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The Importance of Addressing Bad Data

It cannot be overstated enough how essential data is for the business of today. In fact, a 2023 Salesforce study revealed that 80% of business leaders believe that data is a critical component of making decisions and 73% say that data helps reduce uncertainty and helps them make more accurate decisions. Thus, it is important that the data the businesses have access to is of good quality.

But what makes data good in the first place?

Good data vs bad data

Data is considered good if it provides complete, consistent, relevant, and accurate information as needed by the end-user, organized in a logical manner. It adds context so users can extract meaningful insights. It also provides timely and trustworthy information that empowers leaders to make smart decisions.

On the other hand, bad data provides information that is inaccurate, incomplete, and inconsistent, to the needs of the end-user. It is also unusable because it is disorganized to the level that users struggle to find the relevant information they need.

Bad data is not only a pain point for those trying to find particular information. If left unaddressed, it can lead to forecasting errors and operational inefficiencies. In worse cases, it can be the cause to security risks. In more serious cases, bad data can cost millions for businesses from which they may not be able to recover from.

How to prevent getting bad data

While the qualities of good and bad data seem to be straightforward and not difficult to distinguish, the reality is that many organizations find it difficult to distinguish good from bad data, primarily because they get overwhelmed by the amount of data they have accumulated and continue to accumulate.

Thus, in order to ensure that they are not getting bad data, organizations must establish quality control on their data early on, or at least as soon as they identify potential problems with their data. This may be a daunting task for some enterprises but it is not impossible to do so by accomplishing the following tasks:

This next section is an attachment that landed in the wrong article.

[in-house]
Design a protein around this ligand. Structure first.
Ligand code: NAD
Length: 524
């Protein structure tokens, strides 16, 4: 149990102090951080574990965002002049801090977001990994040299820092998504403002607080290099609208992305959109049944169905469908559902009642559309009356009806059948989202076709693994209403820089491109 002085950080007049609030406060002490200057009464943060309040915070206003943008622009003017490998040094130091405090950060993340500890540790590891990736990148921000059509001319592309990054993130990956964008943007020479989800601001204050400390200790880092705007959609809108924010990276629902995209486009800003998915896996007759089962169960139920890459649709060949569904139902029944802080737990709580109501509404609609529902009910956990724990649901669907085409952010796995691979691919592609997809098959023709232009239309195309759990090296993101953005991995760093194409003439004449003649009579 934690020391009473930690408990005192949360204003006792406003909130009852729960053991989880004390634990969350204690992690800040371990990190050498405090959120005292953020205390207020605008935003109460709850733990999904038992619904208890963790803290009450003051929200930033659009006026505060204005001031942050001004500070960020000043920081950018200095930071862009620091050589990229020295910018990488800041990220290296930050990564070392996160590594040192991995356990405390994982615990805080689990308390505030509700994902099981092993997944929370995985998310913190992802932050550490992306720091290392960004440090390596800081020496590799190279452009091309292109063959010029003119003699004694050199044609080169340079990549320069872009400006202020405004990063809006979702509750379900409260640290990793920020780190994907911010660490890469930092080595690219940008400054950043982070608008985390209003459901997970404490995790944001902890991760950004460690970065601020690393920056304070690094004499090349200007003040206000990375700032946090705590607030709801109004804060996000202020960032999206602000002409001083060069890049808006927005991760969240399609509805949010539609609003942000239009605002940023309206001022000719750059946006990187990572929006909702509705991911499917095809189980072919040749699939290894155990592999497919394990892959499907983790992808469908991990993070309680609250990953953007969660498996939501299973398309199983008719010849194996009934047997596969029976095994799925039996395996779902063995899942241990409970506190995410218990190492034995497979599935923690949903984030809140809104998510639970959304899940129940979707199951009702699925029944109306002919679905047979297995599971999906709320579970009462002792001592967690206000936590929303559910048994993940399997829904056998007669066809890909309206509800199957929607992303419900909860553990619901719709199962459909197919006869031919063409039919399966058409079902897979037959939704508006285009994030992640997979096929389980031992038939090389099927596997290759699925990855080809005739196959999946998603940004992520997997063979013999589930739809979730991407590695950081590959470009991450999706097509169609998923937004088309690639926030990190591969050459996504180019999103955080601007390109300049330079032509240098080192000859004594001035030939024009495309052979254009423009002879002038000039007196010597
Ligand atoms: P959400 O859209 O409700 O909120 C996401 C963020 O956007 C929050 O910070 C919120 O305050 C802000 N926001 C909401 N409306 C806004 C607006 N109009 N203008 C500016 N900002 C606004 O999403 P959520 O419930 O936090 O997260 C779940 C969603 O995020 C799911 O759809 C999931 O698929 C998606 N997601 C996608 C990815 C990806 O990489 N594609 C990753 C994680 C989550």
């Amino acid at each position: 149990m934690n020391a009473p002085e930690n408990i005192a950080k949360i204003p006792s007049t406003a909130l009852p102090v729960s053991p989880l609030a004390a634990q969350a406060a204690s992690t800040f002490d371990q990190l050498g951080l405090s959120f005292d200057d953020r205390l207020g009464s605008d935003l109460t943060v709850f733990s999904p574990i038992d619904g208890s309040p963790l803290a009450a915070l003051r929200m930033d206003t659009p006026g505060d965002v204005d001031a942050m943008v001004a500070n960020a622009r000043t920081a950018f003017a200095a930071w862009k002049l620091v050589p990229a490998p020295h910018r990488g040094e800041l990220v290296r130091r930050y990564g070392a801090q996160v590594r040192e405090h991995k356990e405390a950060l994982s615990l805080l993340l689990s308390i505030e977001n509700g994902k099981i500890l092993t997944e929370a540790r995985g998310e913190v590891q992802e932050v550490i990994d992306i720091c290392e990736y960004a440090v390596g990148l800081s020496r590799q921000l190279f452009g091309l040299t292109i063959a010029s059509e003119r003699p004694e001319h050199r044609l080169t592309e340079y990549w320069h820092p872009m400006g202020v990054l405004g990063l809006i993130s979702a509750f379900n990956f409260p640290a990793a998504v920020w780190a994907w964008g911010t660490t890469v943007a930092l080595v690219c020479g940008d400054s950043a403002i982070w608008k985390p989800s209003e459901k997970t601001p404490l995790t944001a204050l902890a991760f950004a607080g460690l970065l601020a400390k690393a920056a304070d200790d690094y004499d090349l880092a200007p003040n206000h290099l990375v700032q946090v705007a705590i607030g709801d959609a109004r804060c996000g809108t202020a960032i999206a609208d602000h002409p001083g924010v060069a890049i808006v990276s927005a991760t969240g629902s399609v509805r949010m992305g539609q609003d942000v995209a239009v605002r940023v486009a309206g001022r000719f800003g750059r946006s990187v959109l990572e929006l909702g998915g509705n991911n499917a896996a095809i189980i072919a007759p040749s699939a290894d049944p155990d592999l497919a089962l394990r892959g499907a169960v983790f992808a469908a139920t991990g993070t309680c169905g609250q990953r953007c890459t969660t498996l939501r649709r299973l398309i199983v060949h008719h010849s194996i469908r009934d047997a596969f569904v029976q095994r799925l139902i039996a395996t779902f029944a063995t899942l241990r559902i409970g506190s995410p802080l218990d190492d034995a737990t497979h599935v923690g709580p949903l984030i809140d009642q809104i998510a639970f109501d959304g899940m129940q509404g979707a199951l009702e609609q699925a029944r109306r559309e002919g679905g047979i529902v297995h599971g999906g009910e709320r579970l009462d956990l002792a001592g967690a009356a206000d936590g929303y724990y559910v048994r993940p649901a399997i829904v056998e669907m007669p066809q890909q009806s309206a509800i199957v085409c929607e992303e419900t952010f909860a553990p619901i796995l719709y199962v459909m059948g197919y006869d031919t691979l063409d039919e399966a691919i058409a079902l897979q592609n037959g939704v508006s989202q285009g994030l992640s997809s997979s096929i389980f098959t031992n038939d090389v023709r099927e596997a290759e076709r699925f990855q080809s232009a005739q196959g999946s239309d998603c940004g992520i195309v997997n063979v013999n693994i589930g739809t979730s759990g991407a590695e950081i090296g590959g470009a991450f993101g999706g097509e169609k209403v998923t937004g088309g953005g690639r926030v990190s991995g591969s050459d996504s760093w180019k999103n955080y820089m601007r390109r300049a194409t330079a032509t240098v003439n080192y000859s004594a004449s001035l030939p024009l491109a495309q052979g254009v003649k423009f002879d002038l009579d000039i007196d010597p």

Create data governance guidelines - Have a system in place that determines who owns data and who is responsible for it. It is also important to establish clear definitions of what good data looks like for the organization. This will help lessen the complexity related to data and make it more manageable.

Conduct data audits: Review the data consistently on a regular schedule to address bad data early on and address it promptly before they can negatively impact data quality. It’s also important that the findings of these regular audits are shared throughout the organization so everyone can stay on the same page regarding improved or decreased data quality.

Align data strategy with objectives – It is important that the data the organization is handling will help further its goals so the data strategy should reflect these goals. To drive impactful discoveries, it is helpful to identify key analytics programs that directly support these business priorities.

Use flexible tools – Use tools that will enable the integration of data sources of the organization such as asset inventories, system usage logs, and business metrics to have a more comprehensive view of the data. Leveraging solutions such as to efficiently clean, structure, and analyze large, complex data. When deployed appropriately, these tools should be able to present clear, simplified outcomes and visibility tailored to each stakeholder's needs.

Break down silos – While data silos have their purpose, they can hinder accessibility to data. Furthermore, quality of data is further enhanced by collaboration, and in turn, collaboration brings about data democratization, providing not only a unified view of data across the organization but also provides greater context to it so informed decisions can be made.

With the right strategy, technology, and leadership, organizations can gain control of data to the point that they can ensure that they get good data that can be presented to their stakeholders. Organizations can tame data chaos into an asset that drives competitive advantage.


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